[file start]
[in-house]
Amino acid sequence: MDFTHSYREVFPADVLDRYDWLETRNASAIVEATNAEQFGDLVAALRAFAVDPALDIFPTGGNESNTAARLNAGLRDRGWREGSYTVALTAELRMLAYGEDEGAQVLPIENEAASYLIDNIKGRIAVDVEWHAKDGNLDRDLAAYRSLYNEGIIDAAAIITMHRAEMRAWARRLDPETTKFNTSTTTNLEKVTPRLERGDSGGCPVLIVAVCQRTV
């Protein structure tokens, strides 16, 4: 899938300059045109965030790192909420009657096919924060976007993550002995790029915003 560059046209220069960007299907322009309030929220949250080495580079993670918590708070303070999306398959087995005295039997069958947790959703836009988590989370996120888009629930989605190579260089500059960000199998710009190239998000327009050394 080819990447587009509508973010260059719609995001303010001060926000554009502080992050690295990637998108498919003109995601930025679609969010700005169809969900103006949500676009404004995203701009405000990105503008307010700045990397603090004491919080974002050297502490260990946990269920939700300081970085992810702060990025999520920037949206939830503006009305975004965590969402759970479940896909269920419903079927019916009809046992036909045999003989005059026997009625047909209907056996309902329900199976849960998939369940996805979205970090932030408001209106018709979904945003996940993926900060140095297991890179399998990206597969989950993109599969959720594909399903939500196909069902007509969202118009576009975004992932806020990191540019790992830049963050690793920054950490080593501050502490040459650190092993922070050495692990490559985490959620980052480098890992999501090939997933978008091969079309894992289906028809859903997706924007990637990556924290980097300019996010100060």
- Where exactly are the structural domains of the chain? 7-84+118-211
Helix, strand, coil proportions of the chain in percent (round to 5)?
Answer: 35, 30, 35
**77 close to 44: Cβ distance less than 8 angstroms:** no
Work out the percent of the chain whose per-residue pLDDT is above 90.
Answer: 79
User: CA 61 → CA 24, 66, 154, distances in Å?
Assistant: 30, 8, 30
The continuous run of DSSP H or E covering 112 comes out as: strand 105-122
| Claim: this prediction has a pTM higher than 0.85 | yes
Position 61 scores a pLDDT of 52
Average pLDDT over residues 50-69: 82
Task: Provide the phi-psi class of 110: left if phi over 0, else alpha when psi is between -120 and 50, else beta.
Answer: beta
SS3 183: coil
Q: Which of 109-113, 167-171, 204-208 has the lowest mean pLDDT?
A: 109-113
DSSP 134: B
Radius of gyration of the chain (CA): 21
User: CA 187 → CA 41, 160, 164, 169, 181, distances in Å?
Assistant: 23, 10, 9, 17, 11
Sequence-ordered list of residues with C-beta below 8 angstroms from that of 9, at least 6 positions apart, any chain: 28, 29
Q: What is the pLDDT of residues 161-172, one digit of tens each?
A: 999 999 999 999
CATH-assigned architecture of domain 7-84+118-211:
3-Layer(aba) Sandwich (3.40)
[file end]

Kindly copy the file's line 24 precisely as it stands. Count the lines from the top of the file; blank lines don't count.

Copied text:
Assistant: 23, 10, 9, 17, 11